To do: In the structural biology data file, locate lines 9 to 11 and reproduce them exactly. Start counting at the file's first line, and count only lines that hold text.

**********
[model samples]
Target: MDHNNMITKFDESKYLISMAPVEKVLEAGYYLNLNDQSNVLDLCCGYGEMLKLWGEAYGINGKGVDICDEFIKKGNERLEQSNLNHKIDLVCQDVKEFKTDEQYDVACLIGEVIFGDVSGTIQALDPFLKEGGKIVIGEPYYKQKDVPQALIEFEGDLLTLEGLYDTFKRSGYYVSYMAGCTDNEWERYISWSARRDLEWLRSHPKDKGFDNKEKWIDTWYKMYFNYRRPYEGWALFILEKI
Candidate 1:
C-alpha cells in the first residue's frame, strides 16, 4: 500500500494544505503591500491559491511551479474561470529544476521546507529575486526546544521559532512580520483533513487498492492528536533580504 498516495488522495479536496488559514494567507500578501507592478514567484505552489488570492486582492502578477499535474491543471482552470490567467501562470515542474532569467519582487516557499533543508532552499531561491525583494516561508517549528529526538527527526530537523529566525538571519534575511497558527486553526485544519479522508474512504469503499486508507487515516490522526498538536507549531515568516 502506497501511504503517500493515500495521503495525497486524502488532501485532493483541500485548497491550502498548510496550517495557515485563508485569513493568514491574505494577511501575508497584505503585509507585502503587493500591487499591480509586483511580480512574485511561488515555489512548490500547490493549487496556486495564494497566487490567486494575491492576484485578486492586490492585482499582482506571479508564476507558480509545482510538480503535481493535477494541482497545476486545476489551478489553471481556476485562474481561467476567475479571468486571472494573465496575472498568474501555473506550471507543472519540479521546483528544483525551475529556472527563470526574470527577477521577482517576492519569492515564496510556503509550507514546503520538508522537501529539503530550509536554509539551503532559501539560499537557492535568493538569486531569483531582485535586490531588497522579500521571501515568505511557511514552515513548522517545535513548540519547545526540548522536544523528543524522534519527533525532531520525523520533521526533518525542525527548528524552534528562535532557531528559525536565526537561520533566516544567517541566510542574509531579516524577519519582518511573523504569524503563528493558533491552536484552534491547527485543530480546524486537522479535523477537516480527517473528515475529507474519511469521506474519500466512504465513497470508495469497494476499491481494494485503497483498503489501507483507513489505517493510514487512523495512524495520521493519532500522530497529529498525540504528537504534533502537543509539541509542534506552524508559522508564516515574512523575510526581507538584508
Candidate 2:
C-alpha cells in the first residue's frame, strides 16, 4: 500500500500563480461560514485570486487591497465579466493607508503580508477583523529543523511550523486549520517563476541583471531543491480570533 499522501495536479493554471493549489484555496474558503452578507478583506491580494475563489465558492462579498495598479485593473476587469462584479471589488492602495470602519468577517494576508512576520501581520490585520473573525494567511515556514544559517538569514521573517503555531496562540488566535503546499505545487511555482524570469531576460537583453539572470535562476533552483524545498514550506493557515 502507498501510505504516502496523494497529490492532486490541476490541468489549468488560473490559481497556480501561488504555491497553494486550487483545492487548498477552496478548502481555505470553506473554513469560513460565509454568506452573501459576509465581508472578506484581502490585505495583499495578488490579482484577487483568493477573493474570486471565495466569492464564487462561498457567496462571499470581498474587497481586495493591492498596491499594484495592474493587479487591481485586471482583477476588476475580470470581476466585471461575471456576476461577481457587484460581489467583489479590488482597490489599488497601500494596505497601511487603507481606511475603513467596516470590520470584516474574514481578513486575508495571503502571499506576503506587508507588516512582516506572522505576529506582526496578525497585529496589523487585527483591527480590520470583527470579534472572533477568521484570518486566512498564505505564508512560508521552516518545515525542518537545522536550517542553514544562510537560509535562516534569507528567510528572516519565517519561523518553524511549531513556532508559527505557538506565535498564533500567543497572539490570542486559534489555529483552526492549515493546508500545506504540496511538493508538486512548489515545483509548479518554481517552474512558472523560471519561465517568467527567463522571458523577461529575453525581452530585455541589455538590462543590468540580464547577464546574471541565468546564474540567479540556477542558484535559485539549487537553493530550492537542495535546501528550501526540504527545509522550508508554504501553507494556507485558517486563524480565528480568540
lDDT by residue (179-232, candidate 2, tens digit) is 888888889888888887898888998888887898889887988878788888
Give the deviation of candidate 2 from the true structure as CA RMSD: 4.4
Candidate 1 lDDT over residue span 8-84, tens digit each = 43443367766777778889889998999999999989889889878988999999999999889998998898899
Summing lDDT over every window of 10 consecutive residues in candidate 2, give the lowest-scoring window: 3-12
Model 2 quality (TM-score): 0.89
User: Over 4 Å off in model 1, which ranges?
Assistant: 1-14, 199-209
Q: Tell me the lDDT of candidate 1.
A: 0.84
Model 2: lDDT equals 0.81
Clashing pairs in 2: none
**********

Candidate 1 lDDT over residue span 8-84, tens digit each = 43443367766777778889889998999999999989889889878988999999999999889998998898899
Summing lDDT over every window of 10 consecutive residues in candidate 2, give the lowest-scoring window: 3-12
Model 2 quality (TM-score): 0.89